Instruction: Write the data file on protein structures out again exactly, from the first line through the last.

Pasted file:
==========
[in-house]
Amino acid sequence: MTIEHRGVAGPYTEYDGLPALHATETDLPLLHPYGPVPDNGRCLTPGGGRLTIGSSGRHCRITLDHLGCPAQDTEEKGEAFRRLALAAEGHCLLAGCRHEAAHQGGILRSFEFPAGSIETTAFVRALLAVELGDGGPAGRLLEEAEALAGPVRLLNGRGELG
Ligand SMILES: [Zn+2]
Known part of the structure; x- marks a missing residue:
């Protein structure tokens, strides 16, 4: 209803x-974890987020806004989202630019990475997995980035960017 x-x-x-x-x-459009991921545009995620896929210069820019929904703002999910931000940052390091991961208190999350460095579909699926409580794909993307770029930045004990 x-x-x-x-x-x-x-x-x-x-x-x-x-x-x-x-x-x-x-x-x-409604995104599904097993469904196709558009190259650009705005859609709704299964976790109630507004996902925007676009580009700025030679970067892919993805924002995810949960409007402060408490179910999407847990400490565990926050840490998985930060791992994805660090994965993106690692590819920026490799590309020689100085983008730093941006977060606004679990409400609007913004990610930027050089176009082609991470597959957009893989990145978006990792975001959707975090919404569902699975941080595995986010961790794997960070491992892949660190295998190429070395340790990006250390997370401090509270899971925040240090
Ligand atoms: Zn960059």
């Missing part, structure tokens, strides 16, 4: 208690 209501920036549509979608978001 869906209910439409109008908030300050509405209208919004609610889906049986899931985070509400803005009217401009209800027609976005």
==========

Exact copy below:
[in-house]
Amino acid sequence: MTIEHRGVAGPYTEYDGLPALHATETDLPLLHPYGPVPDNGRCLTPGGGRLTIGSSGRHCRITLDHLGCPAQDTEEKGEAFRRLALAAEGHCLLAGCRHEAAHQGGILRSFEFPAGSIETTAFVRALLAVELGDGGPAGRLLEEAEALAGPVRLLNGRGELG
Ligand SMILES: [Zn+2]
Known part of the structure; x- marks a missing residue:
């Protein structure tokens, strides 16, 4: 209803x-974890987020806004989202630019990475997995980035960017 x-x-x-x-x-459009991921545009995620896929210069820019929904703002999910931000940052390091991961208190999350460095579909699926409580794909993307770029930045004990 x-x-x-x-x-x-x-x-x-x-x-x-x-x-x-x-x-x-x-x-x-409604995104599904097993469904196709558009190259650009705005859609709704299964976790109630507004996902925007676009580009700025030679970067892919993805924002995810949960409007402060408490179910999407847990400490565990926050840490998985930060791992994805660090994965993106690692590819920026490799590309020689100085983008730093941006977060606004679990409400609007913004990610930027050089176009082609991470597959957009893989990145978006990792975001959707975090919404569902699975941080595995986010961790794997960070491992892949660190295998190429070395340790990006250390997370401090509270899971925040240090
Ligand atoms: Zn960059």
């Missing part, structure tokens, strides 16, 4: 208690 209501920036549509979608978001 869906209910439409109008908030300050509405209208919004609610889906049986899931985070509400803005009217401009209800027609976005």